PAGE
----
Streaming Guides · TV

Adam Driver Needs to Play the Young Pope of Misogyny in Ferrante’s ‘Neapolitan’ Series

By  · Published on March 10th, 2017

He already can sing in Italian! Give it to him!

The Days of Abandonment if it starred Adam Driver

Earlier this week, news hit our eager shores that Saverio Costanzo would be helming a four-season, thirty-two episode adaptation of Elena Ferrante’s Neapolitan Novels tetralogy. The 1400-page story has already sold 1.2m copies since its publication in the US in 2012. Published over here by the independent publisher Europa Editions, Ferrante’s work has acquired an audience vaster than most novelists in translation or published by indies generally do. “Ferrante Fever” is a legit thing that people say in New York.

News that Ferrante will be involved in the writing of the series is also the most exciting thing to happen in the literary and film worlds since it was speculated that Thomas Pynchon was lingering around the set of Inherent Vice. Like Pynchon, Ferrante is famously publicity-averse and writes under a pseudonym. Great controversy was sparked last year when Italian journalist Claudio Gatti claimed to have discovered she was just some translator with a hot side gig. But this just testifies to the series’ massive popularity.

Documenting the lives of two somewhat ordinary women growing up in working class Naples over the past half century, Ferrante’s rigid and novelistic clarity both poses a challenge to depict it on screen and begs for a visual medium. The novels are peppered with visual motifs and figurative rosebuds, from the very meaningful shoe that Lila manufactures in “My Brilliant Friend” to all the weird dolls that show up in the saga’s final few hundred pages, in “The Story of the Lost Child.” Ferrante uses these motifs just as one does in a film, dangling them like a Chekhovian gun and giving the novels their propulsive page-turnability.

I personally have gotten no less than two mothers hooked onto the enchantingly brutal depictions of marital assault, the hopelessness of living as a women in a world domineered by men and masculine values. But there are naturalistic ups and downs, which help give the novel the feeling of everyday realism and not paper-thin social realism, the kind of sadness you felt last week. For instance, Ferrante’s protagonist at one point falls deeply in love with a duplicitous academic named Nino, who turns out to be a sex addict and is slowly teased out to, generally, not be a great dude. But check out this passage from “Those Who Leave and Those Who Stay,” the third installment of the Neapolitan series:

I would have liked him at least to leave with the promise that sooner or later he would return. I wished that he would sleep again in my house, have breakfast with me in the morning and eat at the same table in the evening, that he would talk about this and that in his playful tone, that he would listen to me when I wanted to give shape to an idea, that he would be respectful of my every sentence, that with me he would never resort to irony, to sarcasm.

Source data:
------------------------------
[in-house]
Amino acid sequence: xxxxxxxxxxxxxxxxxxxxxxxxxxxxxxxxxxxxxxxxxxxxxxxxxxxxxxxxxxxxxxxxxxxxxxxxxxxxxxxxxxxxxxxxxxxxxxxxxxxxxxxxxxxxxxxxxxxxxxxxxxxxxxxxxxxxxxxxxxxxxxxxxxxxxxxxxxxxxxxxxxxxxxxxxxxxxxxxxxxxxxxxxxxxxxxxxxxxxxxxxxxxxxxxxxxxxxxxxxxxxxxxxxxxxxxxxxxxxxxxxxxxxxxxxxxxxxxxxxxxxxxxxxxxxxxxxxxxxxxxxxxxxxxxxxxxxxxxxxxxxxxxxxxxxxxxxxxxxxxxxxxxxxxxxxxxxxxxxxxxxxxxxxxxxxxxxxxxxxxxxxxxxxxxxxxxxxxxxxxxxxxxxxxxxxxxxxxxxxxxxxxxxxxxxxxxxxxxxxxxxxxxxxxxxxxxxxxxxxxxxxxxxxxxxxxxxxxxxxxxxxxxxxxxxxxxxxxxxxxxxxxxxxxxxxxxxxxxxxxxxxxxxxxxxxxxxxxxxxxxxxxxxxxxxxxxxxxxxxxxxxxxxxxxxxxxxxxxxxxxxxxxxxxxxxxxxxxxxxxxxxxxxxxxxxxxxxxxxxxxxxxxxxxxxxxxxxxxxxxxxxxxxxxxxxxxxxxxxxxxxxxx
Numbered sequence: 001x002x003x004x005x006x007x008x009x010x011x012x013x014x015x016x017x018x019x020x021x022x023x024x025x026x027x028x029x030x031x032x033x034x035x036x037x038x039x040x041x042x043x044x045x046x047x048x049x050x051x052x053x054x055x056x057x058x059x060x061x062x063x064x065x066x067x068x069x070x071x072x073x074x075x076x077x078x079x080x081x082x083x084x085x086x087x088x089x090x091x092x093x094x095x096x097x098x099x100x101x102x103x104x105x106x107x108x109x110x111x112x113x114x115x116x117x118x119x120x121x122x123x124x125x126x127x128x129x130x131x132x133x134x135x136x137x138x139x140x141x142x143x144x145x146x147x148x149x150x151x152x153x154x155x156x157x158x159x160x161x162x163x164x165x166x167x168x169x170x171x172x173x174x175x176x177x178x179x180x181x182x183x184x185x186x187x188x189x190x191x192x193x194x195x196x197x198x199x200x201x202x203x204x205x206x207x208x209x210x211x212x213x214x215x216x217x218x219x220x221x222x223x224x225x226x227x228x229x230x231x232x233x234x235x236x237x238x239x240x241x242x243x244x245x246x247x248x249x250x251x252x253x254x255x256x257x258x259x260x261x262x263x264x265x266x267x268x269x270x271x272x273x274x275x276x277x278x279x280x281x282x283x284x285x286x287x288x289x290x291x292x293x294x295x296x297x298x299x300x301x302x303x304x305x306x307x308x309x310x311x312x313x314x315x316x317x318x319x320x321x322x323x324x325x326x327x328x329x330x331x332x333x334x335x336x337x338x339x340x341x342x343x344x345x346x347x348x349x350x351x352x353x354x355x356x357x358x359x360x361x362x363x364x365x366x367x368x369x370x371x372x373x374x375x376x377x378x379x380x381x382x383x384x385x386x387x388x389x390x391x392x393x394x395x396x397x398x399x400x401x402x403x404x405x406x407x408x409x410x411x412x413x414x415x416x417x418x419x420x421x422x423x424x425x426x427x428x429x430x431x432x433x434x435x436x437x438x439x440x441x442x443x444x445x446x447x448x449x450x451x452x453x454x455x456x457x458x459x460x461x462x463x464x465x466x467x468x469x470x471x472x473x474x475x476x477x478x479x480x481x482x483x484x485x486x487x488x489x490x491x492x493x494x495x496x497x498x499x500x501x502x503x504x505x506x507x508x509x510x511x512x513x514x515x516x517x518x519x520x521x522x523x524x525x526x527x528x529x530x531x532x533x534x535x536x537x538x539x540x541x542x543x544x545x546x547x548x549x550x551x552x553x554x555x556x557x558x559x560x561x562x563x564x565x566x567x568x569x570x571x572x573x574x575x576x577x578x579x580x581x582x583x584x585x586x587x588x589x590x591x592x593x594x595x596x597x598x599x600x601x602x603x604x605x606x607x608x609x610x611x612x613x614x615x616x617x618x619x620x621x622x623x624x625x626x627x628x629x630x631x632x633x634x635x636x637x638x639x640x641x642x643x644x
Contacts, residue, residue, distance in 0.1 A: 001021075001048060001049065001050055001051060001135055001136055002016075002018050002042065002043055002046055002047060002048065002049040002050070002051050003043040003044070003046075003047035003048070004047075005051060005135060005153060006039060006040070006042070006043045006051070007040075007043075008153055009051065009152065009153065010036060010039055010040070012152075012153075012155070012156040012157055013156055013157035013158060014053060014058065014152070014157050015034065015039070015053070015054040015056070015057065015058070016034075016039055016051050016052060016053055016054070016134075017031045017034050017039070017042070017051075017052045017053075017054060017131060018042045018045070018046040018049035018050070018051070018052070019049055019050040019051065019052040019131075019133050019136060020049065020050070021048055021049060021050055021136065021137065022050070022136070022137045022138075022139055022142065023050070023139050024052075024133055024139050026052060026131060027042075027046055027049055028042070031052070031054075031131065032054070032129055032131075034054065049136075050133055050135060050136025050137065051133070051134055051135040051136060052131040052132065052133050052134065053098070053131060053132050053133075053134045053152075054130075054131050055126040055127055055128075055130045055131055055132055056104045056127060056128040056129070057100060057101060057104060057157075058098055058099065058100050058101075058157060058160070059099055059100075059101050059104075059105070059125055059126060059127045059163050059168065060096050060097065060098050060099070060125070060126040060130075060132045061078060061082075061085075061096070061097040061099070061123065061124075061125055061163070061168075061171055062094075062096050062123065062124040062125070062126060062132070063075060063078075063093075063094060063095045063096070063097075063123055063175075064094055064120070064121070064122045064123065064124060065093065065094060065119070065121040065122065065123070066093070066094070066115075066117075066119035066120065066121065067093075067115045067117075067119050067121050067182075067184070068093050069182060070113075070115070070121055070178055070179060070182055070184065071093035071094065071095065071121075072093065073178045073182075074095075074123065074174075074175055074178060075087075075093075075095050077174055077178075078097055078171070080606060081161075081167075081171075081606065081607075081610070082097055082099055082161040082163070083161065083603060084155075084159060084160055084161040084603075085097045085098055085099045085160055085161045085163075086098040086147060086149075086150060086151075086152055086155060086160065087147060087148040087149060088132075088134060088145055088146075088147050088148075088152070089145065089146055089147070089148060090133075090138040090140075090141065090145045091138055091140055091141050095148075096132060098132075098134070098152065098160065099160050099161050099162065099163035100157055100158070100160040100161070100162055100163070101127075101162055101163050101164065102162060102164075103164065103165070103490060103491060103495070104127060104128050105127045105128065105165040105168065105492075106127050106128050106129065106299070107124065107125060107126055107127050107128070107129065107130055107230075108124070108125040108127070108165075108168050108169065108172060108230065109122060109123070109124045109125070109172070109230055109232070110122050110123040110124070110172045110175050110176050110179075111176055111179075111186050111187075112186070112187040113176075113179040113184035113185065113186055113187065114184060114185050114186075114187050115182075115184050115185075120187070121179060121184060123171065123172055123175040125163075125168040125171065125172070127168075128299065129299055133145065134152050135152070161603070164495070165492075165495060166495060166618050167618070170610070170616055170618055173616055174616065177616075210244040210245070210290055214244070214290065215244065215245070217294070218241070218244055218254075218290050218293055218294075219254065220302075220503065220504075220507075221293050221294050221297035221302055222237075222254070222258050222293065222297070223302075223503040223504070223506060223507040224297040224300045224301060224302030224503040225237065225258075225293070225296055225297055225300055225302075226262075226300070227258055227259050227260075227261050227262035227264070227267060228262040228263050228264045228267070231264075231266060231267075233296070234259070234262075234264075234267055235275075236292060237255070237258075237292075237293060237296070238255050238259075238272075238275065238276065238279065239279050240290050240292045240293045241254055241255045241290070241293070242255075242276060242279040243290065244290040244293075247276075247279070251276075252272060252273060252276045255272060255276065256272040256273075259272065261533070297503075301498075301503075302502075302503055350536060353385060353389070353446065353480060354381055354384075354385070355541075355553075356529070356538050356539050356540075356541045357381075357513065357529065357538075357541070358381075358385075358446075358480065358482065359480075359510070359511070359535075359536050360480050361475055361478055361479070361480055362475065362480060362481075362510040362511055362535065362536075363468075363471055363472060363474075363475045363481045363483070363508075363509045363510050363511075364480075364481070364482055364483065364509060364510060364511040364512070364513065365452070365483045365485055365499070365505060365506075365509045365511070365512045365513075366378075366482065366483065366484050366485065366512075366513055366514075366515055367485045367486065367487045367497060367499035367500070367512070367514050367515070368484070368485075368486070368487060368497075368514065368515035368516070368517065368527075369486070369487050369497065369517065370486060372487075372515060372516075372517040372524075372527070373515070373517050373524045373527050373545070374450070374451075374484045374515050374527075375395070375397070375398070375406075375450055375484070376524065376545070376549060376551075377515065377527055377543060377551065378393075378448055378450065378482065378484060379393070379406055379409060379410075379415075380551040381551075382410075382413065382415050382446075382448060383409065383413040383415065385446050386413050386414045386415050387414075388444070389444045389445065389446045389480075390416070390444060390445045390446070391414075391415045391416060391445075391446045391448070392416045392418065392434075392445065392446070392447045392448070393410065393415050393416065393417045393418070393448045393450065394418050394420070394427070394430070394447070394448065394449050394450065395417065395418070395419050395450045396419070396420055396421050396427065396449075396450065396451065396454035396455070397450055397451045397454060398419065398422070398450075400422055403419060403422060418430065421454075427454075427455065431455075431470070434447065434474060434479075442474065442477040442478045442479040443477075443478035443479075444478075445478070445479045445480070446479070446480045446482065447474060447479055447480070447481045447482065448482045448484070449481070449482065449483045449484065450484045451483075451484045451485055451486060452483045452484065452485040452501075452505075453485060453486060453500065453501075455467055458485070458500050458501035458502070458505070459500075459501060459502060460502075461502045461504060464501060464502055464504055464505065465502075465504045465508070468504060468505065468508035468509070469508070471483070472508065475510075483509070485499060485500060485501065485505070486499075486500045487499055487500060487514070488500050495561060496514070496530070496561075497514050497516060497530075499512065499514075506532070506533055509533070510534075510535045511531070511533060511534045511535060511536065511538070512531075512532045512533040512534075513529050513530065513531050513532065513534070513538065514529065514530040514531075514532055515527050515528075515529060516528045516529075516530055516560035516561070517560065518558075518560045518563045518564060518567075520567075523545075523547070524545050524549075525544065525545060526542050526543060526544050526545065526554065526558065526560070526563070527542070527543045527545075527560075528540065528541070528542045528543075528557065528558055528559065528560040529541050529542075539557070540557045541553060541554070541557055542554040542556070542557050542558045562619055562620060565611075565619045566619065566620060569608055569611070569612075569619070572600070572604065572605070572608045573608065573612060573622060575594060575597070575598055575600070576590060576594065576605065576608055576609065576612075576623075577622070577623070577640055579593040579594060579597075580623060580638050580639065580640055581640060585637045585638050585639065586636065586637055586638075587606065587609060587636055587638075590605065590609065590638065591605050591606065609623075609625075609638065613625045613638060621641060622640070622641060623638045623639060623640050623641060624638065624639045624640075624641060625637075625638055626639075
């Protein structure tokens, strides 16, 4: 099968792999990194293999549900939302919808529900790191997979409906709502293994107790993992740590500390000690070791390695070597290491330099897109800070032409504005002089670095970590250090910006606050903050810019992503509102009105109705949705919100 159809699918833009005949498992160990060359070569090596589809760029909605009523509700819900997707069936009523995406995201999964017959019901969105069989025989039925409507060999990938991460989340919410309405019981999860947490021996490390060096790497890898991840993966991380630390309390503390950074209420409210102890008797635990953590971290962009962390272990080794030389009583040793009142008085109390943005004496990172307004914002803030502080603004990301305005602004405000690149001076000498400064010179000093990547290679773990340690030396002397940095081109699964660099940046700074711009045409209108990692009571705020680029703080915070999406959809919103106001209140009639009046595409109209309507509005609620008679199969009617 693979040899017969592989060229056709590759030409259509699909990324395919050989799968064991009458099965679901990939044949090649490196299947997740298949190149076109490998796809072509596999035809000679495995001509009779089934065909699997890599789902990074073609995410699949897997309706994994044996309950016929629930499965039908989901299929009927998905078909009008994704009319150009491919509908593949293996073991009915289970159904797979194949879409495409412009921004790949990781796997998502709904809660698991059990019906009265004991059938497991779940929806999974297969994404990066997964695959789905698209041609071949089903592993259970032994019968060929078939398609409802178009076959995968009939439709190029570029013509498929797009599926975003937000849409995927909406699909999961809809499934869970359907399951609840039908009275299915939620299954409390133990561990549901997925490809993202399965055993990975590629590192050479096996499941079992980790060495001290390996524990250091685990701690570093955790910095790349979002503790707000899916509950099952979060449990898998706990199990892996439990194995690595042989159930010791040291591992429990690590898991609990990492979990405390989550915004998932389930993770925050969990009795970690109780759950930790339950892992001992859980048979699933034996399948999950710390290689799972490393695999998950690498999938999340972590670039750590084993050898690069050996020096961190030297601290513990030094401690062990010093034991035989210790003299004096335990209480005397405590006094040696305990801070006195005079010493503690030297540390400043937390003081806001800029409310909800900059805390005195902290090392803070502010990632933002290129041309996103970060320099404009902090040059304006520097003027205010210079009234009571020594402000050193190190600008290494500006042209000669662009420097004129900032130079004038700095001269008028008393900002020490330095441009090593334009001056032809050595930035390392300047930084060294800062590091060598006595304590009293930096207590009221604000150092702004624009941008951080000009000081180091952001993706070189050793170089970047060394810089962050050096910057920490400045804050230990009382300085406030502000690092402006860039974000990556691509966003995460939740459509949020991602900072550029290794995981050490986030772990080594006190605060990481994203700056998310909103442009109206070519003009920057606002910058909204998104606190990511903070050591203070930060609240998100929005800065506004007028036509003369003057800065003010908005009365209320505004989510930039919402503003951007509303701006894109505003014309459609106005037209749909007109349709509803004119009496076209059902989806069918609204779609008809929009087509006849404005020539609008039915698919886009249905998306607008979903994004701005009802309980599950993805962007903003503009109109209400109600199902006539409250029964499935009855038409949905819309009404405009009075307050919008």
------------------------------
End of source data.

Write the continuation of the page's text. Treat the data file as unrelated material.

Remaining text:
You know who could really sell those feelings and be a douche? Adam Driver.

Why would the supporting star of a billion-dollar saga turn his talents to an Italian television show, you probably ask? Well, Driver has already worked with Costanzo before, starring in an Italian indie that Costanzo co-wrote and directed titled Hungry Hearts (which I wrote about in a think piece on Driver’s career). The movie is very weird and at times feels like a thinly veiled attack lobbed at vegetarians for not feeding their starving children enough valuable protein. But Driver is great in it, and it won enough awards for Costanzo to get this gig, so people must dig it. If you live in the States, it’s on Netflix right now.

And Driver’s latest starring roles haven’t been in the kind of hot superhero movies that, say, Oscar Isaac has been netting lately. Driver was in Patterson, a contemplative indie about writing and books from edgy cultlord Jim Jarmusch. And as you read this he is being filmed sorta-playing Sancho Panza, in Terry Gilliam’s long-delayed Cervantes-inspired The Man Who Killed Don Quixote. I don’t know if Driver himself reads, you know, books, but his agent clearly wants us to think he does.

One of the few details we know so far about Costanzo’s adapting of the Neapolitan Novels is that they will be in Italian, trouble perhaps for the casting of well-known American stars. Wildside, the production company that will be behind Costanzo’s adaptation, most recently brought us a certain Italian series called The Young Pope, which is massively popular in the US courtesy of HBO and stars American talent. But that is also, mostly, in English. So how will a production company clearly very interested in American audiences bring an Italian-language drama to a crowd larger than the ample number of cosmopolitan Ferrante obsessives? Here’s where I drop that Driver can sing excellently in Italian:


The role of Nino isn’t a large one but it’s essential to the arc of the last two novels and he’s a character that Ferrante refuses to treat like a flat rom-com villain. He’s a villain with lots of feelings about his dad, for instance, something that Driver just might have some experience with. And like Jarmusch, Ferrante and her work offers the kind of brutally uncompromising characters and narrative that someone like Driver has become identified with. “Literature that indulges the tastes of the reader is a degraded literature,” she told the Paris Review in one of her few interviews. It’s a phrase I can easily imagine Driver’s character on Girls yelling at some point in the first season (“Weirdos Need Girlfriends Too,” most likely).

Featuring Adam Driver or not, Costanzo’s four-season Neapolitan Novels adaptation will hit small screens in Fall of 2018.

Related Topics: ,

movies are not magic but skin and bone.